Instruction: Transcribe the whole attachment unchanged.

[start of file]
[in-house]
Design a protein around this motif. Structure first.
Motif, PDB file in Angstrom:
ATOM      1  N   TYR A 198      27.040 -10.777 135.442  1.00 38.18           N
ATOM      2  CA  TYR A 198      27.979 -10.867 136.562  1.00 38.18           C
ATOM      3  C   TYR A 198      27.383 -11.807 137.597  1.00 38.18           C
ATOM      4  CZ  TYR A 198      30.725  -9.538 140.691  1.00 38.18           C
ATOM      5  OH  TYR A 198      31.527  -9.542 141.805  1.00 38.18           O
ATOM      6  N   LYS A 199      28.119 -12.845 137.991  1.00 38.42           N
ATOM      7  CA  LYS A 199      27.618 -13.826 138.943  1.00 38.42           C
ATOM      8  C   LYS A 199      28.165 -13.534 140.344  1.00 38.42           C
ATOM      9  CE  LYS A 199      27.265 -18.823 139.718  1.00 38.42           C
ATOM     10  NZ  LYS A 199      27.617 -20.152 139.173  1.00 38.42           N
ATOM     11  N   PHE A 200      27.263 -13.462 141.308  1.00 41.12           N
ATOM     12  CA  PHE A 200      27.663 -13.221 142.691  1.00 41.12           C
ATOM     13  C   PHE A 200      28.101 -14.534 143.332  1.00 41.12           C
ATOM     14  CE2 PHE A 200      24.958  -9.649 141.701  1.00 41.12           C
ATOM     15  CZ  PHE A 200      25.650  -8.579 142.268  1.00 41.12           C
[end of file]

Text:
[in-house]
Design a protein around this motif. Structure first.
Motif, PDB file in Angstrom:
ATOM      1  N   TYR A 198      27.040 -10.777 135.442  1.00 38.18           N
ATOM      2  CA  TYR A 198      27.979 -10.867 136.562  1.00 38.18           C
ATOM      3  C   TYR A 198      27.383 -11.807 137.597  1.00 38.18           C
ATOM      4  CZ  TYR A 198      30.725  -9.538 140.691  1.00 38.18           C
ATOM      5  OH  TYR A 198      31.527  -9.542 141.805  1.00 38.18           O
ATOM      6  N   LYS A 199      28.119 -12.845 137.991  1.00 38.42           N
ATOM      7  CA  LYS A 199      27.618 -13.826 138.943  1.00 38.42           C
ATOM      8  C   LYS A 199      28.165 -13.534 140.344  1.00 38.42           C
ATOM      9  CE  LYS A 199      27.265 -18.823 139.718  1.00 38.42           C
ATOM     10  NZ  LYS A 199      27.617 -20.152 139.173  1.00 38.42           N
ATOM     11  N   PHE A 200      27.263 -13.462 141.308  1.00 41.12           N
ATOM     12  CA  PHE A 200      27.663 -13.221 142.691  1.00 41.12           C
ATOM     13  C   PHE A 200      28.101 -14.534 143.332  1.00 41.12           C
ATOM     14  CE2 PHE A 200      24.958  -9.649 141.701  1.00 41.12           C
ATOM     15  CZ  PHE A 200      25.650  -8.579 142.268  1.00 41.12           C